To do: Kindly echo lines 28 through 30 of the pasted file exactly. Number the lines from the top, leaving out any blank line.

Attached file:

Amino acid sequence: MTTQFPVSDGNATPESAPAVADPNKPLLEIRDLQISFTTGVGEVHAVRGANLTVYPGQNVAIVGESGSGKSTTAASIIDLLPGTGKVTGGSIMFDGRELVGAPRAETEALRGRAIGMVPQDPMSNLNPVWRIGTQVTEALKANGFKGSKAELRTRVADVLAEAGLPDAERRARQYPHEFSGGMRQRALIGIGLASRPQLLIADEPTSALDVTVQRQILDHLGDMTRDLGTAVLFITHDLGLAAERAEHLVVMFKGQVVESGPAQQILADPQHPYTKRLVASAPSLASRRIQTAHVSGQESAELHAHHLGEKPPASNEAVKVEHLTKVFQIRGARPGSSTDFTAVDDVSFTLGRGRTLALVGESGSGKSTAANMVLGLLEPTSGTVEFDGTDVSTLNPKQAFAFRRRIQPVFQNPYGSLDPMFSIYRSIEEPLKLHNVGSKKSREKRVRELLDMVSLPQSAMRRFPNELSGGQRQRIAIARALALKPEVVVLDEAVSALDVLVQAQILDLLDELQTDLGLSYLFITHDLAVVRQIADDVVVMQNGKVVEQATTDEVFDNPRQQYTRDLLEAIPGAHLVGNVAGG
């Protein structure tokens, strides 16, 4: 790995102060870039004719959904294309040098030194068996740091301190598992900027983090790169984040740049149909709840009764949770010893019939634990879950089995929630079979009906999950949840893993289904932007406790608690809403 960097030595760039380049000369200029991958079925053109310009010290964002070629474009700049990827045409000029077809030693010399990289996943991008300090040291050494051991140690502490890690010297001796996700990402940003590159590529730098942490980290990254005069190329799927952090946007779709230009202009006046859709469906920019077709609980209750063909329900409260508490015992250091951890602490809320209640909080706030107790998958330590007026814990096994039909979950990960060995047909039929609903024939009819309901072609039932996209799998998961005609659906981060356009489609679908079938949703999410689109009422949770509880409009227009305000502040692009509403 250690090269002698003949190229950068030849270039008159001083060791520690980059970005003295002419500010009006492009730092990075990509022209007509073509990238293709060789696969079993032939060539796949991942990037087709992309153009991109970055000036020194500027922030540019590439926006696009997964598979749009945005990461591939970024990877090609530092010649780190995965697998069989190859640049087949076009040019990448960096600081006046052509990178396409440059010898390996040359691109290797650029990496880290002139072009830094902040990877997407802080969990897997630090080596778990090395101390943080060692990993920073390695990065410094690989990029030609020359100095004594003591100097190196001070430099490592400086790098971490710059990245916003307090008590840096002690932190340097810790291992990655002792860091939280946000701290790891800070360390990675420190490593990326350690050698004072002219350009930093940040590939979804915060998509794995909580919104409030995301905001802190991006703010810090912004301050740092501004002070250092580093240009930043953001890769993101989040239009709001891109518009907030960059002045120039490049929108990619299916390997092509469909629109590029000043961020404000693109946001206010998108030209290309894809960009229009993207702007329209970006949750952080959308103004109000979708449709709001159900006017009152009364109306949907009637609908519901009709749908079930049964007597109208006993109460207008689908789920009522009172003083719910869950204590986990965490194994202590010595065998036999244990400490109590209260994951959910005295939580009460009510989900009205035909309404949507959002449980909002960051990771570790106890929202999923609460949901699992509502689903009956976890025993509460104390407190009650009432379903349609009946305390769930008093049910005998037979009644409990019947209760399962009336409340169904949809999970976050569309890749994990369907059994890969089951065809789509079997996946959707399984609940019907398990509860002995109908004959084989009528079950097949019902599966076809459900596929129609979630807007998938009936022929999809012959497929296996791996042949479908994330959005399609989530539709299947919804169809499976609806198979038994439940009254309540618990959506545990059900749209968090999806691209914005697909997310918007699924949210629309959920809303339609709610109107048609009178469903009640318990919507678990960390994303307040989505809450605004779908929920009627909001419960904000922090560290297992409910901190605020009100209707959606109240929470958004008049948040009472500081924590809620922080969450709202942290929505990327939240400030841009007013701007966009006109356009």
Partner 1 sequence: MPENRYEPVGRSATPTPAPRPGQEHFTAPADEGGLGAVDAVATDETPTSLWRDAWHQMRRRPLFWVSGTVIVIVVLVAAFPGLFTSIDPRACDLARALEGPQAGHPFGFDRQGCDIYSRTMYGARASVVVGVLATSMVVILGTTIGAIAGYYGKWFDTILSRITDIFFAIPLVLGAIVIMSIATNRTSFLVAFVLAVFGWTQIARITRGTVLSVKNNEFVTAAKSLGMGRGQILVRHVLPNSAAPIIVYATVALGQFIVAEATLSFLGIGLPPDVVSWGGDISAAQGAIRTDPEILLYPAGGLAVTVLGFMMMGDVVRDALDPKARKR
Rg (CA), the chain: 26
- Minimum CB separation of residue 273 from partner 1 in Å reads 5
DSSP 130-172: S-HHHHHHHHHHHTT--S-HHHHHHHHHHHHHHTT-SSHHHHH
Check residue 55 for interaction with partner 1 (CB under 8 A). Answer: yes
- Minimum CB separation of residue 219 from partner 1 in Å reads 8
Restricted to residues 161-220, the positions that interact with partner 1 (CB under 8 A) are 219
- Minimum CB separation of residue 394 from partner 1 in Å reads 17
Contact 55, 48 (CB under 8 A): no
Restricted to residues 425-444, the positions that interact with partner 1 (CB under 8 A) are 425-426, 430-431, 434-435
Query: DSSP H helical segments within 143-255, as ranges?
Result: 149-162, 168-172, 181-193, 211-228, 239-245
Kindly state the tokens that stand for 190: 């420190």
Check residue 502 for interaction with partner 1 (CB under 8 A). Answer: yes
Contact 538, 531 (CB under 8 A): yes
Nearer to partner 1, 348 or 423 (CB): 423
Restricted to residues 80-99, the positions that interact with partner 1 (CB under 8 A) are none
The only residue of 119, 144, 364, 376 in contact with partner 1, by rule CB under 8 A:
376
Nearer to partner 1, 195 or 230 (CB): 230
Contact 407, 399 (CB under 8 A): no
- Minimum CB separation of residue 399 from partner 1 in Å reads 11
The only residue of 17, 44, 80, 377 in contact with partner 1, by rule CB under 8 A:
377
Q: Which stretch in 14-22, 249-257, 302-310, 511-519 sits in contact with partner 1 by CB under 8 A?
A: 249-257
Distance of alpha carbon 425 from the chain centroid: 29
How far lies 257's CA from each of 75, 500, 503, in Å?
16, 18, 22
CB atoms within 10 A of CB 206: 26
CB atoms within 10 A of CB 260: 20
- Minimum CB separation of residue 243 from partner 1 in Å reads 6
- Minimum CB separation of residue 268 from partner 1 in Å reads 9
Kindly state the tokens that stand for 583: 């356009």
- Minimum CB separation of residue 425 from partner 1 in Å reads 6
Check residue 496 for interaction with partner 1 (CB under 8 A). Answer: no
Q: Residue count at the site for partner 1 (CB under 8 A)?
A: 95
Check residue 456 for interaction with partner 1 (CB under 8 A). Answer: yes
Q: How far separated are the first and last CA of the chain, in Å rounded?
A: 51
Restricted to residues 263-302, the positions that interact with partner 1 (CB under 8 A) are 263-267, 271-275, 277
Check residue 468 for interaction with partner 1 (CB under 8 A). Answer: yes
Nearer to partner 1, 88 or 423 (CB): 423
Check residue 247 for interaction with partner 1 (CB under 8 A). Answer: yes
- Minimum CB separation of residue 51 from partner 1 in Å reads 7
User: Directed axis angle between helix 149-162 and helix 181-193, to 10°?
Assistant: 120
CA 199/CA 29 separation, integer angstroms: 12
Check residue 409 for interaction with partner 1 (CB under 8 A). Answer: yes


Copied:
A: 249-257
Distance of alpha carbon 425 from the chain centroid: 29
How far lies 257's CA from each of 75, 500, 503, in Å?